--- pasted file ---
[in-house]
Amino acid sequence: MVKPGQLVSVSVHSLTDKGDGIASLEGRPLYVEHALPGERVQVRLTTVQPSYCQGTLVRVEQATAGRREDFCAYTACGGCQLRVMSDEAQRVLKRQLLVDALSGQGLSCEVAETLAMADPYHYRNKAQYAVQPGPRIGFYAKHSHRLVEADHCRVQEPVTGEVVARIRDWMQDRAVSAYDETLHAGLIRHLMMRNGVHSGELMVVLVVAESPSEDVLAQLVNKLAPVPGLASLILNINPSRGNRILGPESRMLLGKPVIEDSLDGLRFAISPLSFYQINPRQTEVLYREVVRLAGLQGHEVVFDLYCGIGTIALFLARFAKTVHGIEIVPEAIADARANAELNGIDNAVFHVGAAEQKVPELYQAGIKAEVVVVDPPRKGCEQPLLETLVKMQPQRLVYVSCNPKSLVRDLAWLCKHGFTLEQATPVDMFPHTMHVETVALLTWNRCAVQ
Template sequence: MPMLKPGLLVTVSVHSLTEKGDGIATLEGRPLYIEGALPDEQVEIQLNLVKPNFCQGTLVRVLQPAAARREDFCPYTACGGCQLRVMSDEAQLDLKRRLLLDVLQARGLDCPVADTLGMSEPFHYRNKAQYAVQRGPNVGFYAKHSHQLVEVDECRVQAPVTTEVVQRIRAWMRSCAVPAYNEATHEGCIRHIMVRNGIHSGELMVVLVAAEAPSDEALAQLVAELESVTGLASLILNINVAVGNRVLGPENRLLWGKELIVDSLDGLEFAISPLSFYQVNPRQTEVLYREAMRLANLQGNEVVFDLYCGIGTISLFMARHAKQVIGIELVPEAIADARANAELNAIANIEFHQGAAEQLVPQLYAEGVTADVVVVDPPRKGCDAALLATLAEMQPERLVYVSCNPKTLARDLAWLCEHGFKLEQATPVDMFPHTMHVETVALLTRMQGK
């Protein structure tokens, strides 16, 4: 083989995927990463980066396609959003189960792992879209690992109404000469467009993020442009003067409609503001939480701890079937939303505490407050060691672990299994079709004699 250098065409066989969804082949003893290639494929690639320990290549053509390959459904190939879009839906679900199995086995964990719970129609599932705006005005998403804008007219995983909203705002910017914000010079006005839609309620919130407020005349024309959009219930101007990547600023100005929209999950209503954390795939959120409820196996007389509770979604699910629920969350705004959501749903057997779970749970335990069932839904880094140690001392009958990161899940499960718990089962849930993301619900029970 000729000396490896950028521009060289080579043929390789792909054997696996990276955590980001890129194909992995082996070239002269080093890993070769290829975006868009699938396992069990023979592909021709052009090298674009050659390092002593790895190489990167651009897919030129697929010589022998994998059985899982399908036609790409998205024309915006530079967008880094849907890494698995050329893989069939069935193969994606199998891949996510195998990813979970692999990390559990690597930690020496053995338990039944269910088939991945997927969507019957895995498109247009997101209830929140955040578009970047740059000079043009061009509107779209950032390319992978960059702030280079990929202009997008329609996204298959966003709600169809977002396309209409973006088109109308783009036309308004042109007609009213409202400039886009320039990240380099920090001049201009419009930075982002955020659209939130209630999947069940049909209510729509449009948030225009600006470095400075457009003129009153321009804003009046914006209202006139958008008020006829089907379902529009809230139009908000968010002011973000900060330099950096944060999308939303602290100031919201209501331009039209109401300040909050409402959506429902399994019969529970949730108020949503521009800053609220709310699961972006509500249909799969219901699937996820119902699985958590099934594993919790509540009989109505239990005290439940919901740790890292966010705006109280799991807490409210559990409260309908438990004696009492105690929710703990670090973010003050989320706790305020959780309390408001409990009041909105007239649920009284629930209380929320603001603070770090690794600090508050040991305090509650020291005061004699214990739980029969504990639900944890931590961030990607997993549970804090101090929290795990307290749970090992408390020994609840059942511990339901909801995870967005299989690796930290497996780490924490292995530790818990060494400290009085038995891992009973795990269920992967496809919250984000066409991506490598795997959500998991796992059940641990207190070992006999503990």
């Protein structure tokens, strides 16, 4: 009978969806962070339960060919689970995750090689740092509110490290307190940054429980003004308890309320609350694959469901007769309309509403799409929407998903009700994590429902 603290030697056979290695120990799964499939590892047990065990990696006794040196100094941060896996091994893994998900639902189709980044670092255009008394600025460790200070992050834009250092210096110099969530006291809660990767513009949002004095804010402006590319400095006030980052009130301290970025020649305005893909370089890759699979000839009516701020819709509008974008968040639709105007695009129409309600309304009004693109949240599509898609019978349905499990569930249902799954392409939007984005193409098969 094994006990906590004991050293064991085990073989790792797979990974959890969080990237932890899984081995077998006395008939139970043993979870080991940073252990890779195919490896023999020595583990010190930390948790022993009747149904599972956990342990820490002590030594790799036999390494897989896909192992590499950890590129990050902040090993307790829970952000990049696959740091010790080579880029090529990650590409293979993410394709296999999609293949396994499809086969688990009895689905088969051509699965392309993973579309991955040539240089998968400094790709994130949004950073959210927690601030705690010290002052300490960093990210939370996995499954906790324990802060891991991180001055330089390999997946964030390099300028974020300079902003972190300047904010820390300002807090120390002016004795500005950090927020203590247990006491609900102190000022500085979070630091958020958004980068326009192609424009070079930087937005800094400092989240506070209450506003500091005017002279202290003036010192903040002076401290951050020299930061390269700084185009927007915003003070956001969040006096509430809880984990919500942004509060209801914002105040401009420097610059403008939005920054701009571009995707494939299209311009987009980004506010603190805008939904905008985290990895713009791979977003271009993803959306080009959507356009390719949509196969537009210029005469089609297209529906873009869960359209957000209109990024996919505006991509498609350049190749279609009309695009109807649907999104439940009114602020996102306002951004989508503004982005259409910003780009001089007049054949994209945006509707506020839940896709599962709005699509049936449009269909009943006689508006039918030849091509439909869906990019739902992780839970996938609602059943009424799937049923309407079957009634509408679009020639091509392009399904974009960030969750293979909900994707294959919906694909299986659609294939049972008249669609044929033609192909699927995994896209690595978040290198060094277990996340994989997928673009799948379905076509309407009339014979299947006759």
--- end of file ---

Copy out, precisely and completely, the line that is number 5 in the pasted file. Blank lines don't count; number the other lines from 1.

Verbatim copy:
């Protein structure tokens, strides 16, 4: 009978969806962070339960060919689970995750090689740092509110490290307190940054429980003004308890309320609350694959469901007769309309509403799409929407998903009700994590429902 603290030697056979290695120990799964499939590892047990065990990696006794040196100094941060896996091994893994998900639902189709980044670092255009008394600025460790200070992050834009250092210096110099969530006291809660990767513009949002004095804010402006590319400095006030980052009130301290970025020649305005893909370089890759699979000839009516701020819709509008974008968040639709105007695009129409309600309304009004693109949240599509898609019978349905499990569930249902799954392409939007984005193409098969 094994006990906590004991050293064991085990073989790792797979990974959890969080990237932890899984081995077998006395008939139970043993979870080991940073252990890779195919490896023999020595583990010190930390948790022993009747149904599972956990342990820490002590030594790799036999390494897989896909192992590499950890590129990050902040090993307790829970952000990049696959740091010790080579880029090529990650590409293979993410394709296999999609293949396994499809086969688990009895689905088969051509699965392309993973579309991955040539240089998968400094790709994130949004950073959210927690601030705690010290002052300490960093990210939370996995499954906790324990802060891991991180001055330089390999997946964030390099300028974020300079902003972190300047904010820390300002807090120390002016004795500005950090927020203590247990006491609900102190000022500085979070630091958020958004980068326009192609424009070079930087937005800094400092989240506070209450506003500091005017002279202290003036010192903040002076401290951050020299930061390269700084185009927007915003003070956001969040006096509430809880984990919500942004509060209801914002105040401009420097610059403008939005920054701009571009995707494939299209311009987009980004506010603190805008939904905008985290990895713009791979977003271009993803959306080009959507356009390719949509196969537009210029005469089609297209529906873009869960359209957000209109990024996919505006991509498609350049190749279609009309695009109807649907999104439940009114602020996102306002951004989508503004982005259409910003780009001089007049054949994209945006509707506020839940896709599962709005699509049936449009269909009943006689508006039918030849091509439909869906990019739902992780839970996938609602059943009424799937049923309407079957009634509408679009020639091509392009399904974009960030969750293979909900994707294959919906694909299986659609294939049972008249669609044929033609192909699927995994896209690595978040290198060094277990996340994989997928673009799948379905076509309407009339014979299947006759």